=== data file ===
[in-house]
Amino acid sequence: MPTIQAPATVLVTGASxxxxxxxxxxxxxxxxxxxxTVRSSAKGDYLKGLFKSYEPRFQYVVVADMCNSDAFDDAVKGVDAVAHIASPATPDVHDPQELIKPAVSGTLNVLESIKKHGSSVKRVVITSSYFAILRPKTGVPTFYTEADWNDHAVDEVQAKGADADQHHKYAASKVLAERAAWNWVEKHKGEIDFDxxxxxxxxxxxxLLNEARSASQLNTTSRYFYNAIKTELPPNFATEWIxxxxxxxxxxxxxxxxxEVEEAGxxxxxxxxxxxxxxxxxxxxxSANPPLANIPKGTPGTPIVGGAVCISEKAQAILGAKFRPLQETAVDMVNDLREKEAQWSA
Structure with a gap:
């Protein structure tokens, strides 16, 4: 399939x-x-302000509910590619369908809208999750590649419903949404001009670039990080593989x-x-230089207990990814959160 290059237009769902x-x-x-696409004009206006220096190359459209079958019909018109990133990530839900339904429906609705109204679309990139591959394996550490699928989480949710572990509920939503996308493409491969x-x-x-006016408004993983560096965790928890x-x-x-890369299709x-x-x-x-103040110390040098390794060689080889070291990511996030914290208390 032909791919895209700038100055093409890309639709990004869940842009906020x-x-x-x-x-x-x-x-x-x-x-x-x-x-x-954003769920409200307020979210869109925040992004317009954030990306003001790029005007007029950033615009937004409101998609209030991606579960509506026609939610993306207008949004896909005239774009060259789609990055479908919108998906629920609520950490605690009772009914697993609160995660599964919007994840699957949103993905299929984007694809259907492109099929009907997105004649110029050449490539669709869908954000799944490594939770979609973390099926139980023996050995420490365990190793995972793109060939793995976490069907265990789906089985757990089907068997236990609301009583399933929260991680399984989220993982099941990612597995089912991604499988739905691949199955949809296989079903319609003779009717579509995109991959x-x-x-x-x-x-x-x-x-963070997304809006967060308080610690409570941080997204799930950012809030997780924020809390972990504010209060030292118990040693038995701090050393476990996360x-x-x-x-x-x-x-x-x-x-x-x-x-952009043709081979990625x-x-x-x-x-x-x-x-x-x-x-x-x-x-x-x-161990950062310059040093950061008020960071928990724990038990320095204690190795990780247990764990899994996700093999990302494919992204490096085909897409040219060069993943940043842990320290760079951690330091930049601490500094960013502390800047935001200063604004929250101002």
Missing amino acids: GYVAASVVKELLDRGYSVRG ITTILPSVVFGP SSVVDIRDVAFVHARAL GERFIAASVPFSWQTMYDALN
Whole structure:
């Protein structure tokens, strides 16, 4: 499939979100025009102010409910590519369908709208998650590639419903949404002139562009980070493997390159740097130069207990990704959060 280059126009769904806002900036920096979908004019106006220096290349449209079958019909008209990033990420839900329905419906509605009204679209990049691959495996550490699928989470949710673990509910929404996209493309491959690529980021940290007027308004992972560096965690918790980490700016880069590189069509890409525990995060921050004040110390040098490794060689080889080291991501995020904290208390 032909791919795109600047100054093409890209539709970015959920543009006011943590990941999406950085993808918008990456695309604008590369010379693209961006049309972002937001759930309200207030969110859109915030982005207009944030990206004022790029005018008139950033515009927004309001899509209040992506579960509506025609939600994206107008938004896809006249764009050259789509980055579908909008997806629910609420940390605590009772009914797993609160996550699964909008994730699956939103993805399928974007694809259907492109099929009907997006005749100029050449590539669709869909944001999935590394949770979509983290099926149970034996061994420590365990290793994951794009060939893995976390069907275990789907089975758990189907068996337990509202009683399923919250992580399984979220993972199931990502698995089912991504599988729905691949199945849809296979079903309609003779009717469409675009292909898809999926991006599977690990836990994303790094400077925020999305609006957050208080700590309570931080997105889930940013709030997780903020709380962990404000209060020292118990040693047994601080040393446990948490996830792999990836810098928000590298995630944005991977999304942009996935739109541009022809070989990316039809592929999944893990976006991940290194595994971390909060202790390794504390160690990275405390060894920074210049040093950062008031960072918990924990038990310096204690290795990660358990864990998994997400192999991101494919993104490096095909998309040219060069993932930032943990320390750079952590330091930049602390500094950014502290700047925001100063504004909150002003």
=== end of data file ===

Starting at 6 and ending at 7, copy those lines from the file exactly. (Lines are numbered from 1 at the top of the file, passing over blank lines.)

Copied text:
Whole structure:
């Protein structure tokens, strides 16, 4: 499939979100025009102010409910590519369908709208998650590639419903949404002139562009980070493997390159740097130069207990990704959060 280059126009769904806002900036920096979908004019106006220096290349449209079958019909008209990033990420839900329905419906509605009204679209990049691959495996550490699928989470949710673990509910929404996209493309491959690529980021940290007027308004992972560096965690918790980490700016880069590189069509890409525990995060921050004040110390040098490794060689080889080291991501995020904290208390 032909791919795109600047100054093409890209539709970015959920543009006011943590990941999406950085993808918008990456695309604008590369010379693209961006049309972002937001759930309200207030969110859109915030982005207009944030990206004022790029005018008139950033515009927004309001899509209040992506579960509506025609939600994206107008938004896809006249764009050259789509980055579908909008997806629910609420940390605590009772009914797993609160996550699964909008994730699956939103993805399928974007694809259907492109099929009907997006005749100029050449590539669709869909944001999935590394949770979509983290099926149970034996061994420590365990290793994951794009060939893995976390069907275990789907089975758990189907068996337990509202009683399923919250992580399984979220993972199931990502698995089912991504599988729905691949199945849809296979079903309609003779009717469409675009292909898809999926991006599977690990836990994303790094400077925020999305609006957050208080700590309570931080997105889930940013709030997780903020709380962990404000209060020292118990040693047994601080040393446990948490996830792999990836810098928000590298995630944005991977999304942009996935739109541009022809070989990316039809592929999944893990976006991940290194595994971390909060202790390794504390160690990275405390060894920074210049040093950062008031960072918990924990038990310096204690290795990660358990864990998994997400192999991101494919993104490096095909998309040219060069993932930032943990320390750079952590330091930049602390500094950014502290700047925001100063504004909150002003």